Who will speak up for civilisation—or should I say “civilisation”, since it is generally agreed by the enlightened these days that there is no such thing because it cannot be defined with exactitude. The word ought therefore always to be put in quotation marks to alert the reader to the unreality of the very concept.
It is only to be expected, therefore, that rational, intelligent and educated people will not speak up for what does not exist, let alone make any sacrifice on its behalf. It is only natural that objective realities such as social justice, equity, inclusion and the environment, should be the object of their deepest moral concern, and that actions intended to favour them should be welcomed.
Anthony Daniels appears in every Quadrant.
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When young activists glue themselves to paintings or the walls of public galleries in order to save the planet, then, it is again not surprising that much commentary can be found in praise of their idealism and self-sacrifice. They mean well, therefore they do well. Moreover, the situation is so grave, the crisis so pressing, that almost any action is justified that alerts mankind to its peril and brings it to its senses. Poor old civilisation would not get a look in even if it existed.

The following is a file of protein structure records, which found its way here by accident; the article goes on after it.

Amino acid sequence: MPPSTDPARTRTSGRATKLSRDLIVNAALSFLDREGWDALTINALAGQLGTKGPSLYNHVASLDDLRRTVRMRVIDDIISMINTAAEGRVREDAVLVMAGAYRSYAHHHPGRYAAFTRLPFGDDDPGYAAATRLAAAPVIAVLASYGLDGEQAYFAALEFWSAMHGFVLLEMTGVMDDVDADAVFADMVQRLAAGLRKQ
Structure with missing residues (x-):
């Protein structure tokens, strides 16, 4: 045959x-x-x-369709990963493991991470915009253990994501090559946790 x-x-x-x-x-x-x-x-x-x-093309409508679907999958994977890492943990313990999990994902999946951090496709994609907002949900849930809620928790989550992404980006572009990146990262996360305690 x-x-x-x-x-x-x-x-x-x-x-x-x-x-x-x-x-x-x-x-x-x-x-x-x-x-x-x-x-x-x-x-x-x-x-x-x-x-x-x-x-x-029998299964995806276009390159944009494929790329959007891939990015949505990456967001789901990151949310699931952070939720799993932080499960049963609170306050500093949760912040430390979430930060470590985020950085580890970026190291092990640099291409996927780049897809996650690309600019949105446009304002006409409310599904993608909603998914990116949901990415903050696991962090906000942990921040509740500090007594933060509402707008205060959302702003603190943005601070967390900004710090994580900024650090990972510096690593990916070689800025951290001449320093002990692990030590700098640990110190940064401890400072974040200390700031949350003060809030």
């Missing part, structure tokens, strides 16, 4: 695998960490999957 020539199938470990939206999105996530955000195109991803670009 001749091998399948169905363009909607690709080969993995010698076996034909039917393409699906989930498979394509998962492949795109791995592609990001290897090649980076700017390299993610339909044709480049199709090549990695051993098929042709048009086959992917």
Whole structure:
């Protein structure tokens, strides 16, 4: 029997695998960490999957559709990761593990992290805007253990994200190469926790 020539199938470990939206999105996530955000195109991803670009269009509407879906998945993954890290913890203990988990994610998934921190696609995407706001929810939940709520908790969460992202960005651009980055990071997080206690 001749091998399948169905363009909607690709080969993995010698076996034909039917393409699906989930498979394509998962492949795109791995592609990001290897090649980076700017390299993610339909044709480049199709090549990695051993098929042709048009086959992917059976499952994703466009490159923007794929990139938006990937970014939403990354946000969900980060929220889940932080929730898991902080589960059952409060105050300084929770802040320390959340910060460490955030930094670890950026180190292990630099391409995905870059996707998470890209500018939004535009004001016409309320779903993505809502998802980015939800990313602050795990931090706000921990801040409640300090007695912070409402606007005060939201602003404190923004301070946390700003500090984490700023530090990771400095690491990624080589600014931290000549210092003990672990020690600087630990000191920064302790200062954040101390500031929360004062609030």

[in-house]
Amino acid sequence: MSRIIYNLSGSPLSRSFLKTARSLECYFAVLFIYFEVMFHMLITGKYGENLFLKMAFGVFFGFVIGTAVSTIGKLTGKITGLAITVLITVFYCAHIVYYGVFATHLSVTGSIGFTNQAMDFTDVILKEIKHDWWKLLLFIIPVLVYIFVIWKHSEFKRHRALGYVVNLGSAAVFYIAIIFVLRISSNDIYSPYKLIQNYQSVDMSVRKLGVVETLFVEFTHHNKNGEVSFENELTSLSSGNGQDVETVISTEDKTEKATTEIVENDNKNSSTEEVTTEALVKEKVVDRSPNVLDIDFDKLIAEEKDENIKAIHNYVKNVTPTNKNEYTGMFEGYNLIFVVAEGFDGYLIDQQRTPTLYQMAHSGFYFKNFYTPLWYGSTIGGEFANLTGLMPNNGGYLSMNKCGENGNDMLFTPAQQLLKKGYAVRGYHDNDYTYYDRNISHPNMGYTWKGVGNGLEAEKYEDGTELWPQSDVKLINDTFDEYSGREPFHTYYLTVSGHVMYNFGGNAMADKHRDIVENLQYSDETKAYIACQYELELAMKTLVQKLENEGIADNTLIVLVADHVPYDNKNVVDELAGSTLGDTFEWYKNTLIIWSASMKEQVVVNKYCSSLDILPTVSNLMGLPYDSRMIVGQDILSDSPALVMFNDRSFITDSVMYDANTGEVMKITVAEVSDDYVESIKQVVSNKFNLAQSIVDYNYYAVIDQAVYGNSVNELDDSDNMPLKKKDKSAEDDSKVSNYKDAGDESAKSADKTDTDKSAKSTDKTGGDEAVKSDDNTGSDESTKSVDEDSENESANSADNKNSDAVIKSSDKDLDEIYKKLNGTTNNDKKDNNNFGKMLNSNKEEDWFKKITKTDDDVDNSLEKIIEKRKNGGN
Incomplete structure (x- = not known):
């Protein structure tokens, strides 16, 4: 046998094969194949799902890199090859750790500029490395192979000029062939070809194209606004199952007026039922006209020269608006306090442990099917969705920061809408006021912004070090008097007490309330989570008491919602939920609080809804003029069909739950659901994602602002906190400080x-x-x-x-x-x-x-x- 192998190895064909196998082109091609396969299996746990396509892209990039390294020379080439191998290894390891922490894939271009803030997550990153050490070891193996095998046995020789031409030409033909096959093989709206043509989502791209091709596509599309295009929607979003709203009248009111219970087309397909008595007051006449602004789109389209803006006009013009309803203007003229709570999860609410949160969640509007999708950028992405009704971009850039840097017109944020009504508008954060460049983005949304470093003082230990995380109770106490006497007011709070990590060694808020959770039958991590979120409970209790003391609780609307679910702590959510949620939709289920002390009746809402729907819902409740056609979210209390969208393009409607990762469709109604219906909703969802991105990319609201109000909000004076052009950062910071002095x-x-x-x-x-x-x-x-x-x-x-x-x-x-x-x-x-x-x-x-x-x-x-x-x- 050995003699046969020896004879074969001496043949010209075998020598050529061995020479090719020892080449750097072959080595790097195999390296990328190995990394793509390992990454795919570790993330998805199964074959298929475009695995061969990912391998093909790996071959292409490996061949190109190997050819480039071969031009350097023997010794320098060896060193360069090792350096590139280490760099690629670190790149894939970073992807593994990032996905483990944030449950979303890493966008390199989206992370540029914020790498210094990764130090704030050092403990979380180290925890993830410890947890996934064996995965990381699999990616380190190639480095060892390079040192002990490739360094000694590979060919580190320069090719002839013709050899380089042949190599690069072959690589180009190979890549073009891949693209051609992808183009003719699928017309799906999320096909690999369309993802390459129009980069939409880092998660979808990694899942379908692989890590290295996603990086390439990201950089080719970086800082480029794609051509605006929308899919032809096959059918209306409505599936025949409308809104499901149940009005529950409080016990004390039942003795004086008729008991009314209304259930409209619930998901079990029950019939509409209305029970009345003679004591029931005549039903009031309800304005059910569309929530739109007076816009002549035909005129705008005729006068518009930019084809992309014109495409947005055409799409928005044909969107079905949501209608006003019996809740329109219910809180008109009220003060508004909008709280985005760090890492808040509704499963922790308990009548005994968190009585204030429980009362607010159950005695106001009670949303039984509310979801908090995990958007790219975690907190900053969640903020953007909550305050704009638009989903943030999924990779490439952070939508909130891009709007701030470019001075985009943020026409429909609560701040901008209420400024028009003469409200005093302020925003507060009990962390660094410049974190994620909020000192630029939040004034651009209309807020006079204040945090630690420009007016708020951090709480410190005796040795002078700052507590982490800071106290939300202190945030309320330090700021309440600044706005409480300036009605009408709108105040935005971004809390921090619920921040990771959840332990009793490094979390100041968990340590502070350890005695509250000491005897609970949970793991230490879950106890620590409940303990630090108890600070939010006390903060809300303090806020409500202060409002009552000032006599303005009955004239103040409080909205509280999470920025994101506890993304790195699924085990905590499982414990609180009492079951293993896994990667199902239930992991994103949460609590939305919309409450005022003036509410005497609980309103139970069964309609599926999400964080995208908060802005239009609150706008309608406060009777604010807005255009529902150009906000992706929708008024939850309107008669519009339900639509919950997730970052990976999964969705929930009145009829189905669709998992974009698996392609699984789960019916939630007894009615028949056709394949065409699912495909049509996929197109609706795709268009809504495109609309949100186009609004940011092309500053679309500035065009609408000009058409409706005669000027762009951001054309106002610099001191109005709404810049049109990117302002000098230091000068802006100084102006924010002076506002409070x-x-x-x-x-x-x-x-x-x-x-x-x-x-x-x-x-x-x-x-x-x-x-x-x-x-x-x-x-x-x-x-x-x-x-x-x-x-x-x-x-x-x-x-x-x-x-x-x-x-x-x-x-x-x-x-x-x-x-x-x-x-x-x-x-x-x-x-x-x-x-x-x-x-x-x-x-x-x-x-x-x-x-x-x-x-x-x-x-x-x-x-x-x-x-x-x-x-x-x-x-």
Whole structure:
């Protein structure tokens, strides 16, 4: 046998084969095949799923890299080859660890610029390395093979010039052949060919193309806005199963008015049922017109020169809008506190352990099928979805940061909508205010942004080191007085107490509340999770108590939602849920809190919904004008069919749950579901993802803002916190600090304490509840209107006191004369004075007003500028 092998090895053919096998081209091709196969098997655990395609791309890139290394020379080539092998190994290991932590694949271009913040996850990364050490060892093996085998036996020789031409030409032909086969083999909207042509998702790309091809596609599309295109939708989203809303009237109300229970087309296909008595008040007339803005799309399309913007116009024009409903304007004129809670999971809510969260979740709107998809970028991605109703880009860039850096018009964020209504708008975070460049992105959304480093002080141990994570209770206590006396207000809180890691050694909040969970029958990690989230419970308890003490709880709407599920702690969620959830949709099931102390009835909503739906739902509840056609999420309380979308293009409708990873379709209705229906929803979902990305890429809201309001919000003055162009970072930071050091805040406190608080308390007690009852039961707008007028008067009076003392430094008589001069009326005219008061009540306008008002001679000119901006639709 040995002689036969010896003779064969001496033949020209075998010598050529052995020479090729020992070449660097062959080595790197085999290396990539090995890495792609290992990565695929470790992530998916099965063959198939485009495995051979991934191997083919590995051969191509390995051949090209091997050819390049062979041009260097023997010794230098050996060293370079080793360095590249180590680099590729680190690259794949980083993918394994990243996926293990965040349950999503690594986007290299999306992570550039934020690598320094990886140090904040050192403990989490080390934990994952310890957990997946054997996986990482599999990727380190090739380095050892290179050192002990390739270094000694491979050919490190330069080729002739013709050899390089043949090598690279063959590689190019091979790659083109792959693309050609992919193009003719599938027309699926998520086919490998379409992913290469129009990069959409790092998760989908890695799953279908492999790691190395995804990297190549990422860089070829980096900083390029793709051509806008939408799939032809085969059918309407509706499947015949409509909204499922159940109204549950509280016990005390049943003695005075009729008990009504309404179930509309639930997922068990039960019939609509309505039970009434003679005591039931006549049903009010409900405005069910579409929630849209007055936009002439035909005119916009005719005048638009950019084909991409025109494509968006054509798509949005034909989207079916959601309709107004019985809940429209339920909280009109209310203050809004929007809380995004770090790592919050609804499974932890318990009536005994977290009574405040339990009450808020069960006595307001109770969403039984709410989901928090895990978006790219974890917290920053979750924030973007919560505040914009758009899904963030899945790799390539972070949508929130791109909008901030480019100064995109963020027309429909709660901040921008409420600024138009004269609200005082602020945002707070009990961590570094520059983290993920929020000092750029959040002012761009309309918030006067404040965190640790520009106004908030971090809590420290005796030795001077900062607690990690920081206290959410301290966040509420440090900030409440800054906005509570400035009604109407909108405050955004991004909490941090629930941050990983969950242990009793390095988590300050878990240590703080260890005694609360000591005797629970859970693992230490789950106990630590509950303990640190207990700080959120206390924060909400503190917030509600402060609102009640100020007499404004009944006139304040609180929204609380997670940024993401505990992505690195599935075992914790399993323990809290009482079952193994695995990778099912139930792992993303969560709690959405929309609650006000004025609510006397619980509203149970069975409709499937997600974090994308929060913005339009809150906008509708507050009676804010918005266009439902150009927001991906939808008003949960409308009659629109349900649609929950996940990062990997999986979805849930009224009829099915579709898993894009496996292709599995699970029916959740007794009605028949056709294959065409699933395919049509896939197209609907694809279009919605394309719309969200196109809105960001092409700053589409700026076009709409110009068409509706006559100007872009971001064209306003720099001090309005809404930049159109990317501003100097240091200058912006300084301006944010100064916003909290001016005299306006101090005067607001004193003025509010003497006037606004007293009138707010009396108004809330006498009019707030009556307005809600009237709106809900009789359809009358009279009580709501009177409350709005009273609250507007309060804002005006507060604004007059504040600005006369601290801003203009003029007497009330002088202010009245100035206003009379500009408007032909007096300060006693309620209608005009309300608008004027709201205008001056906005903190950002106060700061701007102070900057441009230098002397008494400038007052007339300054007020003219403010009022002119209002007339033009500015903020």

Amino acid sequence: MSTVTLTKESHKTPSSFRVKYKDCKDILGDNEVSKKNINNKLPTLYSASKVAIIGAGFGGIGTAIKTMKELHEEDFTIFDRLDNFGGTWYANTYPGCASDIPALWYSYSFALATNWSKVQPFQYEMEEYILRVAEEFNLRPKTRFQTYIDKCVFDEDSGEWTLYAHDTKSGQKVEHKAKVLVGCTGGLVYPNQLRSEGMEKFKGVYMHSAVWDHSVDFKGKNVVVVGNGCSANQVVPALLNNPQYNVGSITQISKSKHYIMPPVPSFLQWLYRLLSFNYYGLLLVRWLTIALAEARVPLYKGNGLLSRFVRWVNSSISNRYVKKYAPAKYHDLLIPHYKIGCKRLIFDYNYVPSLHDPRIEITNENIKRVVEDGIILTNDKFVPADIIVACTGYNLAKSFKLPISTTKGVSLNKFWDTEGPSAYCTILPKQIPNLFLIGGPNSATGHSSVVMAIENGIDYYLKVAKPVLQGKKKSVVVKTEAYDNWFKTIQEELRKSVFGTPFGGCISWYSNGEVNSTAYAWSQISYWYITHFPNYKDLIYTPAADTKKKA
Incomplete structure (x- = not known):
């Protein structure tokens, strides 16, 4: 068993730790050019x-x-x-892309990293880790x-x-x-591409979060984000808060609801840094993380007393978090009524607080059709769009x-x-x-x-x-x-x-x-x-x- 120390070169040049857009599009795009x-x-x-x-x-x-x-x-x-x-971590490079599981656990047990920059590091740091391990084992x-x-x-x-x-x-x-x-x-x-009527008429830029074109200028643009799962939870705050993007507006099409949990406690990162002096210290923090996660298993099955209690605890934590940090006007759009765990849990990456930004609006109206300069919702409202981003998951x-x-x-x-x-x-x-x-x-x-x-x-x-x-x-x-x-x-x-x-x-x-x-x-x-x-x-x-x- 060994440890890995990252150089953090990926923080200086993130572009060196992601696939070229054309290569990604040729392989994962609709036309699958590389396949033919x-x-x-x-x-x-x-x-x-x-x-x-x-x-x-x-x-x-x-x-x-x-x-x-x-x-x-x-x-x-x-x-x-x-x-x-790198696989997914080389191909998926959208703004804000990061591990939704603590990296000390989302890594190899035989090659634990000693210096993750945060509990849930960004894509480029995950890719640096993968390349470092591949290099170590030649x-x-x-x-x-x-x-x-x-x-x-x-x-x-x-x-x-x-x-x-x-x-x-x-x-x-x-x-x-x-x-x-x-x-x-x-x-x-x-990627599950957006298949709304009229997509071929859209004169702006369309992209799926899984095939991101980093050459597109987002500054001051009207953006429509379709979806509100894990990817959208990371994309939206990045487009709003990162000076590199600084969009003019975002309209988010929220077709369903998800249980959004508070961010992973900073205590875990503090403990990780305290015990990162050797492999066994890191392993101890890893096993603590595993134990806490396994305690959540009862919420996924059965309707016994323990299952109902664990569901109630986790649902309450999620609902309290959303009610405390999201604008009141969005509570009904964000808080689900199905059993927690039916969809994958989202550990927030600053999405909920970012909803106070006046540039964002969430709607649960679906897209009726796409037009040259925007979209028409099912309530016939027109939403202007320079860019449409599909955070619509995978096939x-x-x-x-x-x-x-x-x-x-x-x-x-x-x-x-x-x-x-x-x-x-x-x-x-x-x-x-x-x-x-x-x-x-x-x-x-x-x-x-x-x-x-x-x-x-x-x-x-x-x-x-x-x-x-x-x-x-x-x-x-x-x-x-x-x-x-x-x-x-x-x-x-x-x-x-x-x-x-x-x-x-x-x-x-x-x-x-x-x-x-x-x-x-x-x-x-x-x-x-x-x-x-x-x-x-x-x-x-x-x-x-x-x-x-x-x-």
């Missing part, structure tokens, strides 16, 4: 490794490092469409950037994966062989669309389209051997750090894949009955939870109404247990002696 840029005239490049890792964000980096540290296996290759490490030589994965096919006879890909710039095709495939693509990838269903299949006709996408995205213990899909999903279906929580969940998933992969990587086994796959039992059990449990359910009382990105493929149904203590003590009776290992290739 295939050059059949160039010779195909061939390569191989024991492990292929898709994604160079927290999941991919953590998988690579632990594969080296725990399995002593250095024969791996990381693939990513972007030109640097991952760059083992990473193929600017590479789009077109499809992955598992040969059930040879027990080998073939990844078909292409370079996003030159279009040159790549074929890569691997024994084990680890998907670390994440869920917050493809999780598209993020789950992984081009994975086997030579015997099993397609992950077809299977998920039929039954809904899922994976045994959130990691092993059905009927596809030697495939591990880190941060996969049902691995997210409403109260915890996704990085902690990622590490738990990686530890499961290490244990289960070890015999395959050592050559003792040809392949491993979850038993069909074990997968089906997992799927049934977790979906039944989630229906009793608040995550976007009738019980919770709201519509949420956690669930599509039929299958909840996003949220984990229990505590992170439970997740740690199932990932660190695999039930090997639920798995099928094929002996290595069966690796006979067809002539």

Of course, one might question the activists’ choice of artworks to which to glue themselves. I personally would not claim the works of Andy Warhol, for example, as being among the finest products of Western civilisation, but I do not here wish to act as a kind of Lord Duveen to the environmentalist activists, advising them as to which works to affix themselves for most impact. I do not wish to encourage them in any way, for it seems to me that before long they will have to move on from reparable to irreparable damage if their protests are to continue to have advertising impact. The public soon grows inattentive to sensations that are repeated more than a few times.